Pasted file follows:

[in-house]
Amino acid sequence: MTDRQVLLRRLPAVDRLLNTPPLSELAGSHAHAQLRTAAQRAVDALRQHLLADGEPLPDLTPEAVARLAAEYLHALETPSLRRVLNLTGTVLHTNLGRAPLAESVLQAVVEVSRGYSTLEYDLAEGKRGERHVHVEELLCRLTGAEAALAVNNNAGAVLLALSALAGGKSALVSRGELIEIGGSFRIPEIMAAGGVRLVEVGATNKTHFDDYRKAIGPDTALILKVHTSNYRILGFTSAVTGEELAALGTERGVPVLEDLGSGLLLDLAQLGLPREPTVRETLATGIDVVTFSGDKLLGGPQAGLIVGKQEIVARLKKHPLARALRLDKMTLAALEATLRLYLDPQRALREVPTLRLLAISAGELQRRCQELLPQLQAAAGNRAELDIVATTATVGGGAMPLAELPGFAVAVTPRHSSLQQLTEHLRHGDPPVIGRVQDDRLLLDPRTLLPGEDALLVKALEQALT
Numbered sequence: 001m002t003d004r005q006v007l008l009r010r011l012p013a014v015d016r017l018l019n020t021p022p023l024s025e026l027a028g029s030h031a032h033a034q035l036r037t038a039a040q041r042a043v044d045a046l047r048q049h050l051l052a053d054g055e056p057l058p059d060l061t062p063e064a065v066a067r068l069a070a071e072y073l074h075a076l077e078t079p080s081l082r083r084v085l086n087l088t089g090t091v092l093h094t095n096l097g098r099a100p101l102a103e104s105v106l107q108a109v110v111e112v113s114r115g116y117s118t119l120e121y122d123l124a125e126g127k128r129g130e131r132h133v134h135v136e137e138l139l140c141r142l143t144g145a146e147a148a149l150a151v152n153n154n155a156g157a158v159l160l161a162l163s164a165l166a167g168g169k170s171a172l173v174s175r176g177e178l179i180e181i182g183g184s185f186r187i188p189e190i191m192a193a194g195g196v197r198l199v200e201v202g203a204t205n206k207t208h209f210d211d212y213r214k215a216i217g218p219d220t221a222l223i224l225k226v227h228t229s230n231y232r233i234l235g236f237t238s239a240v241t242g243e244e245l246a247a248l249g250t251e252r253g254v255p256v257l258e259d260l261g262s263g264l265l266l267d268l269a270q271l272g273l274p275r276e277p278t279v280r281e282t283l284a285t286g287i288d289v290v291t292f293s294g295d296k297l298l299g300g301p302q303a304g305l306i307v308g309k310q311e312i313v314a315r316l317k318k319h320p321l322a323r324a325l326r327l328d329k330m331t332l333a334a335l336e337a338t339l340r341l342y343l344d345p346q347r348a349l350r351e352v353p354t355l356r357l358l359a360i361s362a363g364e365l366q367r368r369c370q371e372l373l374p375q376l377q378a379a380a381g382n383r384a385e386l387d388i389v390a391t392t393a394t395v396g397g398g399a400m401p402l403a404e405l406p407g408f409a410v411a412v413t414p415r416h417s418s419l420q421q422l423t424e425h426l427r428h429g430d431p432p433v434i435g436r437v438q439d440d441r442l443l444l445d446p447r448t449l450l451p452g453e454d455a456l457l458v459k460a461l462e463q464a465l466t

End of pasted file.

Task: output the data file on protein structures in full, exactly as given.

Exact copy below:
[in-house]
Amino acid sequence: MTDRQVLLRRLPAVDRLLNTPPLSELAGSHAHAQLRTAAQRAVDALRQHLLADGEPLPDLTPEAVARLAAEYLHALETPSLRRVLNLTGTVLHTNLGRAPLAESVLQAVVEVSRGYSTLEYDLAEGKRGERHVHVEELLCRLTGAEAALAVNNNAGAVLLALSALAGGKSALVSRGELIEIGGSFRIPEIMAAGGVRLVEVGATNKTHFDDYRKAIGPDTALILKVHTSNYRILGFTSAVTGEELAALGTERGVPVLEDLGSGLLLDLAQLGLPREPTVRETLATGIDVVTFSGDKLLGGPQAGLIVGKQEIVARLKKHPLARALRLDKMTLAALEATLRLYLDPQRALREVPTLRLLAISAGELQRRCQELLPQLQAAAGNRAELDIVATTATVGGGAMPLAELPGFAVAVTPRHSSLQQLTEHLRHGDPPVIGRVQDDRLLLDPRTLLPGEDALLVKALEQALT
Numbered sequence: 001m002t003d004r005q006v007l008l009r010r011l012p013a014v015d016r017l018l019n020t021p022p023l024s025e026l027a028g029s030h031a032h033a034q035l036r037t038a039a040q041r042a043v044d045a046l047r048q049h050l051l052a053d054g055e056p057l058p059d060l061t062p063e064a065v066a067r068l069a070a071e072y073l074h075a076l077e078t079p080s081l082r083r084v085l086n087l088t089g090t091v092l093h094t095n096l097g098r099a100p101l102a103e104s105v106l107q108a109v110v111e112v113s114r115g116y117s118t119l120e121y122d123l124a125e126g127k128r129g130e131r132h133v134h135v136e137e138l139l140c141r142l143t144g145a146e147a148a149l150a151v152n153n154n155a156g157a158v159l160l161a162l163s164a165l166a167g168g169k170s171a172l173v174s175r176g177e178l179i180e181i182g183g184s185f186r187i188p189e190i191m192a193a194g195g196v197r198l199v200e201v202g203a204t205n206k207t208h209f210d211d212y213r214k215a216i217g218p219d220t221a222l223i224l225k226v227h228t229s230n231y232r233i234l235g236f237t238s239a240v241t242g243e244e245l246a247a248l249g250t251e252r253g254v255p256v257l258e259d260l261g262s263g264l265l266l267d268l269a270q271l272g273l274p275r276e277p278t279v280r281e282t283l284a285t286g287i288d289v290v291t292f293s294g295d296k297l298l299g300g301p302q303a304g305l306i307v308g309k310q311e312i313v314a315r316l317k318k319h320p321l322a323r324a325l326r327l328d329k330m331t332l333a334a335l336e337a338t339l340r341l342y343l344d345p346q347r348a349l350r351e352v353p354t355l356r357l358l359a360i361s362a363g364e365l366q367r368r369c370q371e372l373l374p375q376l377q378a379a380a381g382n383r384a385e386l387d388i389v390a391t392t393a394t395v396g397g398g399a400m401p402l403a404e405l406p407g408f409a410v411a412v413t414p415r416h417s418s419l420q421q422l423t424e425h426l427r428h429g430d431p432p433v434i435g436r437v438q439d440d441r442l443l444l445d446p447r448t449l450l451p452g453e454d455a456l457l458v459k460a461l462e463q464a465l466t